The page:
the State Bar of Michigan to disbar "Com-
munists and other disloyal members."
For further emphasis the lawyers voted an
amendment to have state police investigate
"complaints of disloyalty" and report to the
state bar's Board of Commissioners as well
as the usual law enforcement officers.
Dean E. Blythe Stason, sponsor of the
amendment, supports it on the ground
that anyone who advocates violent over-
throw of the government is committing a
"moral crime." Apparently it does not seem
important that in the process of prevent-
ing a small minority of Communists from
holding bar membership, he and his fel-
low members are themselves committing
a "moral crime" by dangerously threat-
ening American civil liberties.
The federal government has not set an
admirable precedent for such organizations
as the State Bar of Michigan. Loyalty hear-
ings are being conducted in the administra-
tion which contradict every basic concept
of democratic court procedure.
Now, the Michigan lawyers have taken it
upon themselves to carry into their organi-
zation the government's present policy of
By their recent actions the Michigan state
bar and the federal government have proven
that they can not efficiently investigate sus-
pected Communists without employing such
totalitarian tactics as arbitrary court hear-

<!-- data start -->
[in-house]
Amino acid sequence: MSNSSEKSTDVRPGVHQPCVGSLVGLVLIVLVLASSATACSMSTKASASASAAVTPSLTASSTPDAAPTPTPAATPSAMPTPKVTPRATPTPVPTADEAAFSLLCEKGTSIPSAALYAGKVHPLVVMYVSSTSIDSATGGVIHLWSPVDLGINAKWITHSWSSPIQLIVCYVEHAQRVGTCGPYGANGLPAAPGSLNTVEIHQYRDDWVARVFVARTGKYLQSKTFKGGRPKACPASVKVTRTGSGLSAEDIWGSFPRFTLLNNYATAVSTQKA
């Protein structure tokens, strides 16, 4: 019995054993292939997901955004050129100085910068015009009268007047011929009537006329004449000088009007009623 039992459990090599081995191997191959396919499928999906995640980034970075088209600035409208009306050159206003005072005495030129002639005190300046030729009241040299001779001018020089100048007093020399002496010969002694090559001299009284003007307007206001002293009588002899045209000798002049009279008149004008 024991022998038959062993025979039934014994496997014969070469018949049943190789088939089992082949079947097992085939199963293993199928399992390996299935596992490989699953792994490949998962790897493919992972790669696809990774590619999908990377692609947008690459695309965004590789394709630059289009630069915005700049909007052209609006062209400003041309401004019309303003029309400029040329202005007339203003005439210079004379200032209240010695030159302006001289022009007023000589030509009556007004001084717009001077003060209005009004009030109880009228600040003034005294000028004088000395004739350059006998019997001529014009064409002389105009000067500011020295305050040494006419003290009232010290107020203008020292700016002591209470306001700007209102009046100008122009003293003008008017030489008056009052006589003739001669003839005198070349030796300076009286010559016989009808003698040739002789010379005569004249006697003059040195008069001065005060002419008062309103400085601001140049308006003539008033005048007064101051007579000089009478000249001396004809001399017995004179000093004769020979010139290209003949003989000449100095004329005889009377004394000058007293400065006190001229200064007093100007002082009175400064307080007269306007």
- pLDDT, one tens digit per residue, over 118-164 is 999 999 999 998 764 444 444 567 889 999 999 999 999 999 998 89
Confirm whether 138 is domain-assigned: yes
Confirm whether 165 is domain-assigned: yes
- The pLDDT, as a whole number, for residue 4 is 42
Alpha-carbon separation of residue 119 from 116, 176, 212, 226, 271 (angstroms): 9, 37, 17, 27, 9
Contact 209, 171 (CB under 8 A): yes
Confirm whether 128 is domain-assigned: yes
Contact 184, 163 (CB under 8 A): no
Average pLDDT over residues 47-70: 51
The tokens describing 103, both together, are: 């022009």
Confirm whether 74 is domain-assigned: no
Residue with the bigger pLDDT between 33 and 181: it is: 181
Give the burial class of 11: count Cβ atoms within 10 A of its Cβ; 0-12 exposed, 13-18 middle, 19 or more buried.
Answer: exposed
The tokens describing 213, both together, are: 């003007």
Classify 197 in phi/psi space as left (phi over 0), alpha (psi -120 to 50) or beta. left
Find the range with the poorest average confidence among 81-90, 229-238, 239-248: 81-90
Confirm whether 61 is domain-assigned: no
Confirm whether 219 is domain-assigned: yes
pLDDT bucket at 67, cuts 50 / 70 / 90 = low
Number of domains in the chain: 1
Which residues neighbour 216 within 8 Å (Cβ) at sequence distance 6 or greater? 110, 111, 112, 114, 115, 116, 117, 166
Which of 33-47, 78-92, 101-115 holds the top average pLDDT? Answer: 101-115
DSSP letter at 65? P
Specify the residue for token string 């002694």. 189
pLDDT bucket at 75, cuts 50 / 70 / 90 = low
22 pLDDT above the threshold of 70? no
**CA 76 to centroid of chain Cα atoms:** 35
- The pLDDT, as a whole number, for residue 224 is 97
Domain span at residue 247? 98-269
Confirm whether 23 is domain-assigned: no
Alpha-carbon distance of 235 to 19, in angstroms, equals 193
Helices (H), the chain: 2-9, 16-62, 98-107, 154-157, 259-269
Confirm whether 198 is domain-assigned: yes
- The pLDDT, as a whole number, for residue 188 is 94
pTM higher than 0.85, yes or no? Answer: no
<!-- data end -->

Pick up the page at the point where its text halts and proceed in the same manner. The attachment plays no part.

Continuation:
ings and state police secret investigations.
There are two values then and one must
choose between them. Which is more im-
portant-that a handful of actual Com-
munists be arrested or that the American
people maintain their basic rights and re-
main free to think, discuss, and criticize
without fear of being secretly investigated,
labeled and tried unjustly?
Since the U.S. is now fighting Communism
to supposedly protect democracy, the choice
is not difficult.
In is unfortunate that Dean Stason and
his compatriotss are, like so many today,
forgetting that "ends and means" applies to
democracy as well as Communism and that
the means used to expose a handful of Com-
munists are much more dangerous to demo-
cracy than any secret plan to overthrow the'
ATHENS-Henry F. Grady is returning to
Washington from his unsuccessful mis-
sion to Iran without a chip on his shoulder
but prepared to fight for the principle that
the United States as the dominant power in
the Middle East must pursue an American
The former ambassador to Iran believes,
as do many here, that his country does not
sufficiently appreciate either its own
strength or British weakness in this area
so long marked for its own by the em-
pire on which the sun has set. He fully
shares the military convictions of the im-
portance of the Middle East to the defense
against Russia; he is therefore ready to
battle a policy of drift or feeble optimism
with respect to the Iranian crisis.
Mr. Grady, however, unlike some others
who have not been satisfied with the urgency
of the American effort in their part of the
world, expects to do battle from within the
administration ranks. He is both a political
liberal at home and an internationalist
abroad; the Grady's happen to be also party
democrats-Mrs. Grady is a former national